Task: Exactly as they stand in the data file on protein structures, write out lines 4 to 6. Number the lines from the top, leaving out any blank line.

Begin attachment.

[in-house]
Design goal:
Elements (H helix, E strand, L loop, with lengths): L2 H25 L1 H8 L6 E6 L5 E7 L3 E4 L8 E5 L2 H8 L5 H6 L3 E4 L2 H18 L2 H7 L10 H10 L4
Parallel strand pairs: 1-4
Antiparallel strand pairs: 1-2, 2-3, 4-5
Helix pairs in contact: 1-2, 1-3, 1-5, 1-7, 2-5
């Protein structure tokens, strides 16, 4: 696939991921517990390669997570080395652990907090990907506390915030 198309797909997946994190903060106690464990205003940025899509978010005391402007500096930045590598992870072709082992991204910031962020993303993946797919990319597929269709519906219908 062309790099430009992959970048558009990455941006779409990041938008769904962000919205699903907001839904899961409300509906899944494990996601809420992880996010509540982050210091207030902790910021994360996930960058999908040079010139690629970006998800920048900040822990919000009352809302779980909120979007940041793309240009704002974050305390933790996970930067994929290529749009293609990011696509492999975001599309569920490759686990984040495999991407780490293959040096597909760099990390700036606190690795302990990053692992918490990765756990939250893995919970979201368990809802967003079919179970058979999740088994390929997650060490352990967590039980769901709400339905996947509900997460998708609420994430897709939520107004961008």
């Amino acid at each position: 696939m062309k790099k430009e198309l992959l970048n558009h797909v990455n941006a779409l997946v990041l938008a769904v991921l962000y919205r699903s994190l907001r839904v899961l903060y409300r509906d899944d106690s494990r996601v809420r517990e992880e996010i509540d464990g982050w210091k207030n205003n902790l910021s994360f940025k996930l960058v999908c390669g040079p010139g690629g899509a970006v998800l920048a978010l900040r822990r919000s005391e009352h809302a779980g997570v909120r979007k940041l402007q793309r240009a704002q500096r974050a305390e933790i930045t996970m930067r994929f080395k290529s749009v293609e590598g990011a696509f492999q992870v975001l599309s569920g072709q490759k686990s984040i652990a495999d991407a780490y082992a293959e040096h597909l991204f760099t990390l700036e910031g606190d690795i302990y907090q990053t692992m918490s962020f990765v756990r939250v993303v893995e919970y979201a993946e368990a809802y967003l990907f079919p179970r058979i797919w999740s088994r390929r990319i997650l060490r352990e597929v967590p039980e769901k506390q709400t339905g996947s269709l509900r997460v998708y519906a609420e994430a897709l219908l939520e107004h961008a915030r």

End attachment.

Parallel strand pairs: 1-4
Antiparallel strand pairs: 1-2, 2-3, 4-5
Helix pairs in contact: 1-2, 1-3, 1-5, 1-7, 2-5